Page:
Many people find that making changes to their diet can help with osteoarthritis symptoms, which include pain, stiffness, and swelling.
The condition can affect any joint in the body, but people often notice it in their knees, hands, hips, or spine.
This article will look at which foods people with osteoarthritis should include in their diet and which they should avoid. We also bust some common food myths regarding arthritis.
It is not possible for specific foods or nutritional supplements to cure osteoarthritis, but, according to the Arthritis Foundation, certain diets can improve people's symptoms.
Some foods have anti-inflammatory capabilities which can help reduce symptoms while other foods may amplify them.
The right diet can help to improve osteoarthritis in the following ways:
Reducing inflammation and preventing damage
A balanced, nutritious diet will give the body the tools it needs to prevent further damage to the joints, which is essential for people with osteoarthritis.
Some foods are known to reduce inflammation in the body, and following an anti-inflammatory diet can improve symptoms. Eating enough antioxidants, including vitamins A, C, and E, may help to prevent further damage to the joints.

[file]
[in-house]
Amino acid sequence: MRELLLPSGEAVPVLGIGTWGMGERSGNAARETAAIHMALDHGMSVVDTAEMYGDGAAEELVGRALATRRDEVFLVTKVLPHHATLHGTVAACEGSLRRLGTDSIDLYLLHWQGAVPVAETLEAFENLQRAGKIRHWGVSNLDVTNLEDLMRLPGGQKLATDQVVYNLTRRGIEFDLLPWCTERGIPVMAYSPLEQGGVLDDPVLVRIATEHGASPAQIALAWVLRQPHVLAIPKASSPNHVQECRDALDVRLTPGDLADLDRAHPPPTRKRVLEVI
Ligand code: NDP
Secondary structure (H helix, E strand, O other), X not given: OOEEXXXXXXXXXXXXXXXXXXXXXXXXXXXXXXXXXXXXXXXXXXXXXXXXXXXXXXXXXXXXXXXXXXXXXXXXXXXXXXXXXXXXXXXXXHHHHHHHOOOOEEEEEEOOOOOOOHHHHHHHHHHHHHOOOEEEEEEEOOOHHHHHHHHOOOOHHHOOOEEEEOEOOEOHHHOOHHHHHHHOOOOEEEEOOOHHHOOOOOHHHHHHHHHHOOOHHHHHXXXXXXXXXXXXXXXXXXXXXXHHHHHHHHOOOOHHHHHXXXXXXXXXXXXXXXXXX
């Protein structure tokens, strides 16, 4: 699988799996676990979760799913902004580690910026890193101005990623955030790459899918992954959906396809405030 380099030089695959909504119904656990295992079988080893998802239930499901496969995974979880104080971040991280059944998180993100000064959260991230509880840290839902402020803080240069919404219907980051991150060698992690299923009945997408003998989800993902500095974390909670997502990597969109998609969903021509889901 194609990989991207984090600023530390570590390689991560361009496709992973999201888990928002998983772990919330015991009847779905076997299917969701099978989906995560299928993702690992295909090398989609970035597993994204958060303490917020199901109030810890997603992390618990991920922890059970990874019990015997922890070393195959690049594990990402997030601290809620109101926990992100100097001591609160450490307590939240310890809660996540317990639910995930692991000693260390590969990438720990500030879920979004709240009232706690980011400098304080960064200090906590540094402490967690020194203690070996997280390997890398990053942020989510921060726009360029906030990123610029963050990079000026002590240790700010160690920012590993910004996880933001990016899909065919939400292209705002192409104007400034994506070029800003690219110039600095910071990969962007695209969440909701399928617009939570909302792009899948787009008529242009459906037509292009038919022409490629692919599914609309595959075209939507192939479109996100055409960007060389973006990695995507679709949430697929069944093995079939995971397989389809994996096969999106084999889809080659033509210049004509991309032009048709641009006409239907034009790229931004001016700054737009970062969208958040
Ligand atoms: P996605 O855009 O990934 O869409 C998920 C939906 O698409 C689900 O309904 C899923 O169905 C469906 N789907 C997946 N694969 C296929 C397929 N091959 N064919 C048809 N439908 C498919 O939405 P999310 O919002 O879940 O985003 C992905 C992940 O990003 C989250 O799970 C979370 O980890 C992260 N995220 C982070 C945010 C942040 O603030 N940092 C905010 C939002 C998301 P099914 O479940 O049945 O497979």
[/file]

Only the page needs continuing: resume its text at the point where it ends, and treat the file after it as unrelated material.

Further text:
People with osteoarthritis are more likely to have high blood cholesterol, and reducing cholesterol may improve the symptoms of this disease. On the right diet, people can quickly improve their cholesterol levels.
Maintaining a healthy weight
Being overweight can put extra pressure on the joints, and excess fat stores in the body can cause further inflammation. Maintaining a healthy weight can lessen the symptoms of osteoarthritis.
Keeping to a healthy weight can be difficult for some people, especially those who have a medical condition that reduces their mobility, such as osteoarthritis. A doctor or dietitian will be able to provide advice.
Including specific foods in the diet can strengthen the bones, muscles, and joints and help the body to fight inflammation and disease.
People with osteoarthritis can try adding the following eight foods to their diet to ease their symptoms:
1. Oily fish
Oily fish contain lots of healthful omega-3 fatty acids. These polyunsaturated fats have anti-inflammatory properties so they may benefit people with osteoarthritis.
People with osteoarthritis should aim to eat at least one portion of oily fish per week. Oily fish include:
- fresh tuna
Those who prefer not to eat fish can take supplements that contain omega-3 instead, such as fish oil, krill oil, or flaxseed oil.
Other sources of omega-3 include chia seeds, flaxseed oil, and walnuts. These foods can also help to fight inflammation.